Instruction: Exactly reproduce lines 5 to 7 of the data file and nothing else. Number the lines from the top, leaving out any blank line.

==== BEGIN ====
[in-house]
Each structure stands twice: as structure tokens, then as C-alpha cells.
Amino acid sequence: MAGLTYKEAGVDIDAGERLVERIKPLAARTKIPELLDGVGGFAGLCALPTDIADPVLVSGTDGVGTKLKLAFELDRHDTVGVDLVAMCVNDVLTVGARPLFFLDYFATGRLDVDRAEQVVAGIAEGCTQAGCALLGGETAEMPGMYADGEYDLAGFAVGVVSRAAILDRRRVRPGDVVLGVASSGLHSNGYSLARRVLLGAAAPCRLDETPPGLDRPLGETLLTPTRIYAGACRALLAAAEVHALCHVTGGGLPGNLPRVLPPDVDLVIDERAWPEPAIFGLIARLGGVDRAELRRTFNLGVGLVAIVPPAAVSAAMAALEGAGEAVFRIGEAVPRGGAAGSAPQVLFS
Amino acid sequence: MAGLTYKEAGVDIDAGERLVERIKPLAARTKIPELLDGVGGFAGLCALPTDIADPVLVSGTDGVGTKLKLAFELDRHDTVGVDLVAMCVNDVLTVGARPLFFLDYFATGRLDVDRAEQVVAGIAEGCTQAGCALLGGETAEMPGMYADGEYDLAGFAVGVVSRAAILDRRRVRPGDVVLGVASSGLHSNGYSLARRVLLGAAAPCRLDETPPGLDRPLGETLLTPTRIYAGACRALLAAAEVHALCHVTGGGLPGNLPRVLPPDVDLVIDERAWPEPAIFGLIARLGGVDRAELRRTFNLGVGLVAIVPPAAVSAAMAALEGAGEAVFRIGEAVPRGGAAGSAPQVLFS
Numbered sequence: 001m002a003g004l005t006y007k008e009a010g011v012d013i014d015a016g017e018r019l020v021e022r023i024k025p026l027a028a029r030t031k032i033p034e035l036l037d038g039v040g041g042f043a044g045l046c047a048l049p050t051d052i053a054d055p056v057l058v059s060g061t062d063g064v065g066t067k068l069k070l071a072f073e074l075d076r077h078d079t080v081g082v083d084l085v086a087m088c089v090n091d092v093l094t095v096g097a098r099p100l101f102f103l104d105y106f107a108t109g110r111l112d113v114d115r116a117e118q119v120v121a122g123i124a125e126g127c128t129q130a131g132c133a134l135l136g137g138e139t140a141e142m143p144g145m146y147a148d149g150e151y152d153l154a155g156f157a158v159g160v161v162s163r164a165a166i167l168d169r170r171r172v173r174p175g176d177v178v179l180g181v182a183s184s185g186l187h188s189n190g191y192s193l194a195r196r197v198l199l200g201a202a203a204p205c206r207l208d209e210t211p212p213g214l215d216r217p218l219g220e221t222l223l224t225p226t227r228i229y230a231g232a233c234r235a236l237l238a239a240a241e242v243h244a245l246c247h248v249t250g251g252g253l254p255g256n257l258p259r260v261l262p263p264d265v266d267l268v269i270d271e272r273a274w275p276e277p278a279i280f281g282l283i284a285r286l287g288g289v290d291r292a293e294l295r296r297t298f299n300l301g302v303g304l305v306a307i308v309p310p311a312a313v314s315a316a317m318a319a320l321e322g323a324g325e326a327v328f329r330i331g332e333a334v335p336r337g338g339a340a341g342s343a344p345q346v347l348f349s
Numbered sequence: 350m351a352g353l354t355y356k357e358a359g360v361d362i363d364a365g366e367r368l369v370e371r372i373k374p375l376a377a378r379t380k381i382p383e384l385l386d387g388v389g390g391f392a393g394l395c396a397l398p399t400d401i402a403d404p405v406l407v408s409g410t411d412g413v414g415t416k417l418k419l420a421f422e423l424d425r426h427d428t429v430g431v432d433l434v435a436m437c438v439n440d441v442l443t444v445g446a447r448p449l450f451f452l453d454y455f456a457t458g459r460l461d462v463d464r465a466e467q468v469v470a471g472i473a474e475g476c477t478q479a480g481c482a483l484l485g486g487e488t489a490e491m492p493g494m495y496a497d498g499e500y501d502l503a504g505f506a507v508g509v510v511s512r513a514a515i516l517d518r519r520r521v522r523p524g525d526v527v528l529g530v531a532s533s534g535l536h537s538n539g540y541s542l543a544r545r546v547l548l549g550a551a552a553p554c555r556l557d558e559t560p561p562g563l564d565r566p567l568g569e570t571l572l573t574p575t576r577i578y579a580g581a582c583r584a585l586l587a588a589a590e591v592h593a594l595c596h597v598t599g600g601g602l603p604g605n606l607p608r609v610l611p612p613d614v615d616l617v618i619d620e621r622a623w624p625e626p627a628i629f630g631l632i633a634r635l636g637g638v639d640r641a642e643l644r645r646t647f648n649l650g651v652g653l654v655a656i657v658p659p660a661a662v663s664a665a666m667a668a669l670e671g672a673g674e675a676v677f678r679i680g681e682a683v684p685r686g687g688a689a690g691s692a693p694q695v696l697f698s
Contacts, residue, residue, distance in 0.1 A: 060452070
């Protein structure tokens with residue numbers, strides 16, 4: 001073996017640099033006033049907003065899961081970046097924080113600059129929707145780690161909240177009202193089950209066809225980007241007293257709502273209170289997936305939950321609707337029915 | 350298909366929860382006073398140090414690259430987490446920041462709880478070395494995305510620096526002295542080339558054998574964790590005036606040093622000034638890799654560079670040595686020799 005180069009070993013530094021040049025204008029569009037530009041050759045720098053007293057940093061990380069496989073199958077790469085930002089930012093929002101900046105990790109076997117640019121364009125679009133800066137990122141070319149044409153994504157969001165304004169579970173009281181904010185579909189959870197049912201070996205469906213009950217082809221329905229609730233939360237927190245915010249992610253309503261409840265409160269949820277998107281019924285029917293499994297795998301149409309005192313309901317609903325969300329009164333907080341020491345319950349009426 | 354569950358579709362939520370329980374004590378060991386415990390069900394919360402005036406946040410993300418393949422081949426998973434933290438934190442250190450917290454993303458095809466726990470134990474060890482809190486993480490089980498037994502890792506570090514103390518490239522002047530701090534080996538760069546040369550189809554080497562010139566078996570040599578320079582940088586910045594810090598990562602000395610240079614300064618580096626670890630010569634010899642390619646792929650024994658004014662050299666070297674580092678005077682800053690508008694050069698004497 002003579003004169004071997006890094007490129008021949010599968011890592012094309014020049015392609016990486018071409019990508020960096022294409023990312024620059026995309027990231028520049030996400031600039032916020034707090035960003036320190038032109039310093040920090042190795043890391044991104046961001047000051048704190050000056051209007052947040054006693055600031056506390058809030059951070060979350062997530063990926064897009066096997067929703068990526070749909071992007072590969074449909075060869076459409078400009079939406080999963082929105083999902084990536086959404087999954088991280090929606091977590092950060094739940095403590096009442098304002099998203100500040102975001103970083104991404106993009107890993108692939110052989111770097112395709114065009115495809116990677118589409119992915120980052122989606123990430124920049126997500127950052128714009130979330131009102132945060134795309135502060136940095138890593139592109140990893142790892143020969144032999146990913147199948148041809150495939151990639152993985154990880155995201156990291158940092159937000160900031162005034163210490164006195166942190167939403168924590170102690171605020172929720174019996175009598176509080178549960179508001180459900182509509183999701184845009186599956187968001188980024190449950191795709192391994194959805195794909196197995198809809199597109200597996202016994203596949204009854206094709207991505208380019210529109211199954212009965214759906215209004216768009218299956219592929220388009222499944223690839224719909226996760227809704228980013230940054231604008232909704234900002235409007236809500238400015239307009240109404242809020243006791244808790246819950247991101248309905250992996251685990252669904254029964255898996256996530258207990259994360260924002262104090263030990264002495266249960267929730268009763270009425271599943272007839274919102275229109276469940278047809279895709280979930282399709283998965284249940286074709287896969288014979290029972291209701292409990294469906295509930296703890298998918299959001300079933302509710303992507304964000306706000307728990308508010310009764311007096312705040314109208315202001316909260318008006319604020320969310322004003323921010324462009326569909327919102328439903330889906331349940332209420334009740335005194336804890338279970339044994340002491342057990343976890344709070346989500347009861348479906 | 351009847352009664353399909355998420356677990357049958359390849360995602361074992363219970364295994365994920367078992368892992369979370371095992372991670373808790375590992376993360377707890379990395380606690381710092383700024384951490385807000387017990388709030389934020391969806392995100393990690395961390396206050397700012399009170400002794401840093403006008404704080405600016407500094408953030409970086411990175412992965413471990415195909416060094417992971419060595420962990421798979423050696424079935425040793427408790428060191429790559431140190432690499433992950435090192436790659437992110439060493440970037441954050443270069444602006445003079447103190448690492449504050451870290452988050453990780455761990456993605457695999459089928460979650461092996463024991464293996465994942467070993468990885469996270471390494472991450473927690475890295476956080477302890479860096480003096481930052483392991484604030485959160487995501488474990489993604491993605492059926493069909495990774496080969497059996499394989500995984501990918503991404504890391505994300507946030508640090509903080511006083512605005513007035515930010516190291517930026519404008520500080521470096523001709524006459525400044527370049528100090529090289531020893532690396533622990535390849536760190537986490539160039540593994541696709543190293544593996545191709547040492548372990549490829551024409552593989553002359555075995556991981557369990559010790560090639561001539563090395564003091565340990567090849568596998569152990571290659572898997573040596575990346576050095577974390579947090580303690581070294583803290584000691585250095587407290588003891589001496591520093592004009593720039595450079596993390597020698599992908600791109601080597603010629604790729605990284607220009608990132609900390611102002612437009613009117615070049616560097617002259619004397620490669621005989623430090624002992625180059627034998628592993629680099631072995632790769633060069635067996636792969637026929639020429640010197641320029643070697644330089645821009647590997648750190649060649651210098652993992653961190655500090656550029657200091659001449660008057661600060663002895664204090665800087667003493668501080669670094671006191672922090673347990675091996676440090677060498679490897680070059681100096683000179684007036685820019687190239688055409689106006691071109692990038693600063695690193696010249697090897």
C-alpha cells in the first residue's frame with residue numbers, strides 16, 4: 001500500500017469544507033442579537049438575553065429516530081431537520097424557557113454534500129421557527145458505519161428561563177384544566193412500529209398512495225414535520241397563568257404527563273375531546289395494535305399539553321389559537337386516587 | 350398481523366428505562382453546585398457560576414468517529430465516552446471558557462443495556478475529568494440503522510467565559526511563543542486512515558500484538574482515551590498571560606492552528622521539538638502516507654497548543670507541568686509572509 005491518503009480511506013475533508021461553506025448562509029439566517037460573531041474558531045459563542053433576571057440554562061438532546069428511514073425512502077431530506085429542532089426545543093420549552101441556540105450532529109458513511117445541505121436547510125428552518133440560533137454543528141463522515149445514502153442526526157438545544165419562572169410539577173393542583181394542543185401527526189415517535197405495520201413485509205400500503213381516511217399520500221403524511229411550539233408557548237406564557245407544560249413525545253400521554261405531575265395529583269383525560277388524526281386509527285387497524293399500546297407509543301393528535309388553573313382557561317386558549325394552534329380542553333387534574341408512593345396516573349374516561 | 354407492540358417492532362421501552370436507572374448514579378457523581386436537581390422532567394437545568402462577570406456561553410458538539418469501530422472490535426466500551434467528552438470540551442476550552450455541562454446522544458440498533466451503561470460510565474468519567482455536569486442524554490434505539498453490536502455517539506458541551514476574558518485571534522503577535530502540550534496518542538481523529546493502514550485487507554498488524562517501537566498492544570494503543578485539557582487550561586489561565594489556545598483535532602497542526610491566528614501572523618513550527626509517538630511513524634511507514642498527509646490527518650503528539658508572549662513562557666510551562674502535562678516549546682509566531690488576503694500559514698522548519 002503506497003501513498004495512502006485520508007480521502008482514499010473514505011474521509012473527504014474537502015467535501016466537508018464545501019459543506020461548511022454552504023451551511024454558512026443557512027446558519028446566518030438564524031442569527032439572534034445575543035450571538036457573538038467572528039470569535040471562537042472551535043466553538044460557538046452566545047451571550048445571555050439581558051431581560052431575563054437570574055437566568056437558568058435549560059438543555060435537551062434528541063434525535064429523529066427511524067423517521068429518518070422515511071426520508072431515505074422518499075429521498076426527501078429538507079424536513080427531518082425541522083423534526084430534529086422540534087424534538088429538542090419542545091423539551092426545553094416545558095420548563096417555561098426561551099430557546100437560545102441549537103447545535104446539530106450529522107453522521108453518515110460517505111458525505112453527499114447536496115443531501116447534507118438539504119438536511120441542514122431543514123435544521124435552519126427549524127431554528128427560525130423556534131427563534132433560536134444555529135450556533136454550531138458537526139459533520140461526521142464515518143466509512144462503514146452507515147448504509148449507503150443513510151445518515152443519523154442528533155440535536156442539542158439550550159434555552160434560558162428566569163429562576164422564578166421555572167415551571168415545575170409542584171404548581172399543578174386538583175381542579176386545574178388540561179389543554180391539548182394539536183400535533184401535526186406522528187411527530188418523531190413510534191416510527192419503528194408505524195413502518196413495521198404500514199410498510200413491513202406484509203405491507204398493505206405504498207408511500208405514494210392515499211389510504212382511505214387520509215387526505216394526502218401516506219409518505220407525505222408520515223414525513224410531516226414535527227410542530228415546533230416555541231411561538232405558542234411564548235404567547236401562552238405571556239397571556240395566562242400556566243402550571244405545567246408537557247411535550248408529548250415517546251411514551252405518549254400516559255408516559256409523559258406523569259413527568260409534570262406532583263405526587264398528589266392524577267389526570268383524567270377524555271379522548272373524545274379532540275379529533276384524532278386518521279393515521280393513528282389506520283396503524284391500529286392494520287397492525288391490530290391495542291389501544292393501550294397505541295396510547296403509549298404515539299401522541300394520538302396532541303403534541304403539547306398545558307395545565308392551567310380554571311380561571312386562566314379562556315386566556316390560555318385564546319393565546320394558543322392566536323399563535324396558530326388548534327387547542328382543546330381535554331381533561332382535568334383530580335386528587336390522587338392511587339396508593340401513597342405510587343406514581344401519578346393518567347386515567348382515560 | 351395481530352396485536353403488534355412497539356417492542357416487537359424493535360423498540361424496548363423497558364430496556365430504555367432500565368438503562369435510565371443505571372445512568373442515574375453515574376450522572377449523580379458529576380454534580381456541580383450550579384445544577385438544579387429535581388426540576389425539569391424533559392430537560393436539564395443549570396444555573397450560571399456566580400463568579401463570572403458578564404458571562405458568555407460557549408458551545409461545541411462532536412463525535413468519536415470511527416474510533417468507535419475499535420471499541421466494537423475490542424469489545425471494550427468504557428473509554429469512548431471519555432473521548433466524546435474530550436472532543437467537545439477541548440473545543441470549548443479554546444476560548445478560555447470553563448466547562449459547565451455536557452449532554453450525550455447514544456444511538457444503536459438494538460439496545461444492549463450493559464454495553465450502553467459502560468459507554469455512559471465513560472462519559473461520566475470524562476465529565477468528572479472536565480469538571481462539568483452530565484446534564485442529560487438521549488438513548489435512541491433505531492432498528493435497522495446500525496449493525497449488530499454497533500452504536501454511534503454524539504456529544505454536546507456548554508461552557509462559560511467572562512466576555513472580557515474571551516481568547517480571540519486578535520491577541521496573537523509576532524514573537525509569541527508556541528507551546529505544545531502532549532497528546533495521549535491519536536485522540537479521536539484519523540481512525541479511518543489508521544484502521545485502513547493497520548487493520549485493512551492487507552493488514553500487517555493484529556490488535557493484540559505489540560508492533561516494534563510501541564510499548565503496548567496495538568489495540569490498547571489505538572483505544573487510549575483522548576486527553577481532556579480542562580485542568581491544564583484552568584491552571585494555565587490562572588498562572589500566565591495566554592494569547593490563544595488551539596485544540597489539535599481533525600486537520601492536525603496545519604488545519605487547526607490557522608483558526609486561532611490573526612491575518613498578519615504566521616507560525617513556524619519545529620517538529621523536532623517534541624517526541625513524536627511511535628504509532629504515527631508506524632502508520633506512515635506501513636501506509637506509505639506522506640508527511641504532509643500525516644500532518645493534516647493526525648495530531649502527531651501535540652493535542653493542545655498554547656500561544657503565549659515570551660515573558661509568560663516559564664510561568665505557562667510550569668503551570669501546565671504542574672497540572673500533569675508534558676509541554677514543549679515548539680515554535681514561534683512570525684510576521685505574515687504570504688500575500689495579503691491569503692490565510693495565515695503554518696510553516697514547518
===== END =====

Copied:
Numbered sequence: 001m002a003g004l005t006y007k008e009a010g011v012d013i014d015a016g017e018r019l020v021e022r023i024k025p026l027a028a029r030t031k032i033p034e035l036l037d038g039v040g041g042f043a044g045l046c047a048l049p050t051d052i053a054d055p056v057l058v059s060g061t062d063g064v065g066t067k068l069k070l071a072f073e074l075d076r077h078d079t080v081g082v083d084l085v086a087m088c089v090n091d092v093l094t095v096g097a098r099p100l101f102f103l104d105y106f107a108t109g110r111l112d113v114d115r116a117e118q119v120v121a122g123i124a125e126g127c128t129q130a131g132c133a134l135l136g137g138e139t140a141e142m143p144g145m146y147a148d149g150e151y152d153l154a155g156f157a158v159g160v161v162s163r164a165a166i167l168d169r170r171r172v173r174p175g176d177v178v179l180g181v182a183s184s185g186l187h188s189n190g191y192s193l194a195r196r197v198l199l200g201a202a203a204p205c206r207l208d209e210t211p212p213g214l215d216r217p218l219g220e221t222l223l224t225p226t227r228i229y230a231g232a233c234r235a236l237l238a239a240a241e242v243h244a245l246c247h248v249t250g251g252g253l254p255g256n257l258p259r260v261l262p263p264d265v266d267l268v269i270d271e272r273a274w275p276e277p278a279i280f281g282l283i284a285r286l287g288g289v290d291r292a293e294l295r296r297t298f299n300l301g302v303g304l305v306a307i308v309p310p311a312a313v314s315a316a317m318a319a320l321e322g323a324g325e326a327v328f329r330i331g332e333a334v335p336r337g338g339a340a341g342s343a344p345q346v347l348f349s
Numbered sequence: 350m351a352g353l354t355y356k357e358a359g360v361d362i363d364a365g366e367r368l369v370e371r372i373k374p375l376a377a378r379t380k381i382p383e384l385l386d387g388v389g390g391f392a393g394l395c396a397l398p399t400d401i402a403d404p405v406l407v408s409g410t411d412g413v414g415t416k417l418k419l420a421f422e423l424d425r426h427d428t429v430g431v432d433l434v435a436m437c438v439n440d441v442l443t444v445g446a447r448p449l450f451f452l453d454y455f456a457t458g459r460l461d462v463d464r465a466e467q468v469v470a471g472i473a474e475g476c477t478q479a480g481c482a483l484l485g486g487e488t489a490e491m492p493g494m495y496a497d498g499e500y501d502l503a504g505f506a507v508g509v510v511s512r513a514a515i516l517d518r519r520r521v522r523p524g525d526v527v528l529g530v531a532s533s534g535l536h537s538n539g540y541s542l543a544r545r546v547l548l549g550a551a552a553p554c555r556l557d558e559t560p561p562g563l564d565r566p567l568g569e570t571l572l573t574p575t576r577i578y579a580g581a582c583r584a585l586l587a588a589a590e591v592h593a594l595c596h597v598t599g600g601g602l603p604g605n606l607p608r609v610l611p612p613d614v615d616l617v618i619d620e621r622a623w624p625e626p627a628i629f630g631l632i633a634r635l636g637g638v639d640r641a642e643l644r645r646t647f648n649l650g651v652g653l654v655a656i657v658p659p660a661a662v663s664a665a666m667a668a669l670e671g672a673g674e675a676v677f678r679i680g681e682a683v684p685r686g687g688a689a690g691s692a693p694q695v696l697f698s
Contacts, residue, residue, distance in 0.1 A: 060452070